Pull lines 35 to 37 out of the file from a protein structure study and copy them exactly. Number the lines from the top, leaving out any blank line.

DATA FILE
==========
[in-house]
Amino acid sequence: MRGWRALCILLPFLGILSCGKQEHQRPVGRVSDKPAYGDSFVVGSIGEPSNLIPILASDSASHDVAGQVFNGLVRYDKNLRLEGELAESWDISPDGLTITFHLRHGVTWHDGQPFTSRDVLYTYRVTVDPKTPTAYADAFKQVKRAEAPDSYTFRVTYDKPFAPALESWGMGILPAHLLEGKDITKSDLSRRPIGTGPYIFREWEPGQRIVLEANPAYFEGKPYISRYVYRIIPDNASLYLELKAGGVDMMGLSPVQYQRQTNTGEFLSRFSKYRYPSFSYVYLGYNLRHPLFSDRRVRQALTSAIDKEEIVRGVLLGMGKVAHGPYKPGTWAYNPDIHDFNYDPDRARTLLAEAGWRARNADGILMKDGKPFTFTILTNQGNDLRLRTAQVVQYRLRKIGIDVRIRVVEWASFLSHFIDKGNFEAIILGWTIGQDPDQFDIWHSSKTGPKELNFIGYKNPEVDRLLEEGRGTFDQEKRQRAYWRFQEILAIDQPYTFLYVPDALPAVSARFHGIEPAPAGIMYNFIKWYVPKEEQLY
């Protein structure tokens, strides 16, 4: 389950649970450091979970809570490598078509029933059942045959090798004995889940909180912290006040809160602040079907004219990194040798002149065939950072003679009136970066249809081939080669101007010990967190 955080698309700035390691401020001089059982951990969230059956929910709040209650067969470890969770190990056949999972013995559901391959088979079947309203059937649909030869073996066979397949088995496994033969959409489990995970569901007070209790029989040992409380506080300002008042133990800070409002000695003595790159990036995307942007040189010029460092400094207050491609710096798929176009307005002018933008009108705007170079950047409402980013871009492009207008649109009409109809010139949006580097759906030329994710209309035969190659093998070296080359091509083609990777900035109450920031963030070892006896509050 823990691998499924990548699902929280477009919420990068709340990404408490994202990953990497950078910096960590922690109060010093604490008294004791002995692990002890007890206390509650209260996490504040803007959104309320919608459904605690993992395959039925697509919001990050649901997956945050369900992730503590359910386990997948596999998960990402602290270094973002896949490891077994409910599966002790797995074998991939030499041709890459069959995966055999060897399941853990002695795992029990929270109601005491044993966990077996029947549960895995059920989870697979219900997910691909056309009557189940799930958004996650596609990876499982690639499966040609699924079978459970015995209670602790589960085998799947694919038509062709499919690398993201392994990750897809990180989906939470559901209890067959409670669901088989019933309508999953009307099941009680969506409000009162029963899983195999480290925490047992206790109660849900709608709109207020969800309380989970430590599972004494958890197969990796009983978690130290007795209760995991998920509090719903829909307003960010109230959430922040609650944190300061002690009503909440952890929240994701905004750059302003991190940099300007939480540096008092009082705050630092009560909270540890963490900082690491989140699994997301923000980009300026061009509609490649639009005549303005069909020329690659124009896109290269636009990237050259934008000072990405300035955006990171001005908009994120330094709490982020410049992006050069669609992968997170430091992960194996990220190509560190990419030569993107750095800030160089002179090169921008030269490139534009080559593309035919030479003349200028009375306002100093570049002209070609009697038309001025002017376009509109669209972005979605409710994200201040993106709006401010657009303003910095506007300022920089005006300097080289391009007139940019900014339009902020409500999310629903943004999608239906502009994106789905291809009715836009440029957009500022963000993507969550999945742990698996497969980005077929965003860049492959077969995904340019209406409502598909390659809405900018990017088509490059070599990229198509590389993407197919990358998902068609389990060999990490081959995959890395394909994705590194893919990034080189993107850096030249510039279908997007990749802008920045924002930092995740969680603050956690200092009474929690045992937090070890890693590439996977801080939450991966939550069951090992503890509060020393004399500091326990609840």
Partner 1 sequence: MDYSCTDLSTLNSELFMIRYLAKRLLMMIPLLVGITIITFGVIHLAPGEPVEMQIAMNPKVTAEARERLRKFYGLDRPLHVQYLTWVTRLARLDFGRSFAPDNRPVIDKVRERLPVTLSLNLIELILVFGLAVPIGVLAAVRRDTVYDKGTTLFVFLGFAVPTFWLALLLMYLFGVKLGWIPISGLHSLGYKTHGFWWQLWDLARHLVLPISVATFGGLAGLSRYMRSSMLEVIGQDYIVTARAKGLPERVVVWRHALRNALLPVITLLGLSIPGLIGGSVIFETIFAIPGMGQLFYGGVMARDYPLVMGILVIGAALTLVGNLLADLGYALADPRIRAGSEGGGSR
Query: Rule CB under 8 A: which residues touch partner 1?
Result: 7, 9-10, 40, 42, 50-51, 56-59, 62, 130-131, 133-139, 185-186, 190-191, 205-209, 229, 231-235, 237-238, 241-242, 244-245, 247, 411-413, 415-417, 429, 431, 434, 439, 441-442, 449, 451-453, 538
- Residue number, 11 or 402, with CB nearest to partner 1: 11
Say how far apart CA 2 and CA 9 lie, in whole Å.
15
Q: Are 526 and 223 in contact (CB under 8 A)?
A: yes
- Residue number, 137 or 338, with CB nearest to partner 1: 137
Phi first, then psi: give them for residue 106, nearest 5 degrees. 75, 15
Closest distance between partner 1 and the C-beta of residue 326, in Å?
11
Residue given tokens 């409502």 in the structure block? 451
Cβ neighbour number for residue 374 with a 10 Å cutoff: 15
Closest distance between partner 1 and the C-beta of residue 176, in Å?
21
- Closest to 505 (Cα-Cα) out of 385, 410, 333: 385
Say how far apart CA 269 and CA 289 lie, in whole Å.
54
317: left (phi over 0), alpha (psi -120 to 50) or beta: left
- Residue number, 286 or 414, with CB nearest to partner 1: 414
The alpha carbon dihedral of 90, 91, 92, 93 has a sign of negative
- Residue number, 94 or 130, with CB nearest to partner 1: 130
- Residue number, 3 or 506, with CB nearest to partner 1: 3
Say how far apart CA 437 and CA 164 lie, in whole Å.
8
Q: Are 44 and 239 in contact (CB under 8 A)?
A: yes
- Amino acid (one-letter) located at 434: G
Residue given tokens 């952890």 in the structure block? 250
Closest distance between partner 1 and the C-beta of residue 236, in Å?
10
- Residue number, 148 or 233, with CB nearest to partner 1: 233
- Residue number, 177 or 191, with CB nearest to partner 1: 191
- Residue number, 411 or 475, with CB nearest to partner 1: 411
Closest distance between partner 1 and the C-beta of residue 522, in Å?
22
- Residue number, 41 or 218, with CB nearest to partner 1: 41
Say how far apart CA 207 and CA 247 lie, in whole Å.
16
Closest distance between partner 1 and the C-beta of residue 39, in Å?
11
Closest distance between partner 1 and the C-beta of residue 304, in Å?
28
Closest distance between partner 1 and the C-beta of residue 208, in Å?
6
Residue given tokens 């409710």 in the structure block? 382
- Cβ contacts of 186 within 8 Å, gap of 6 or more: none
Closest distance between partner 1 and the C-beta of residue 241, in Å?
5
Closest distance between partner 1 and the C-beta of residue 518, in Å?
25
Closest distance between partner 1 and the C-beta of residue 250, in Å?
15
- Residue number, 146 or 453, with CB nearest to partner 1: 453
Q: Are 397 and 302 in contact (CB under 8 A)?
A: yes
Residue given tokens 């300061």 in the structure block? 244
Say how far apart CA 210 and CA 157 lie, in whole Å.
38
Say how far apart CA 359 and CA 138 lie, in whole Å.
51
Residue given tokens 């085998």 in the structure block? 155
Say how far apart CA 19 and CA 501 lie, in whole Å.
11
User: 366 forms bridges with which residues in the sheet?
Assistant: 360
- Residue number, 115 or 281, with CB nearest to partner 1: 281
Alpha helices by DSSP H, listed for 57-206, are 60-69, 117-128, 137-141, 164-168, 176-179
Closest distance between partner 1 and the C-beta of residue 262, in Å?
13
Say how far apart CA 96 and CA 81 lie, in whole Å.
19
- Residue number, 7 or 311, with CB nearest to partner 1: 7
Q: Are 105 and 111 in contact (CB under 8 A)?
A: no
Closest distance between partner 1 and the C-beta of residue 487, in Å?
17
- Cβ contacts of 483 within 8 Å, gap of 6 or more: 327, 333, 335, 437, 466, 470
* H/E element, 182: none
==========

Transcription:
10
- Residue number, 148 or 233, with CB nearest to partner 1: 233
- Residue number, 177 or 191, with CB nearest to partner 1: 191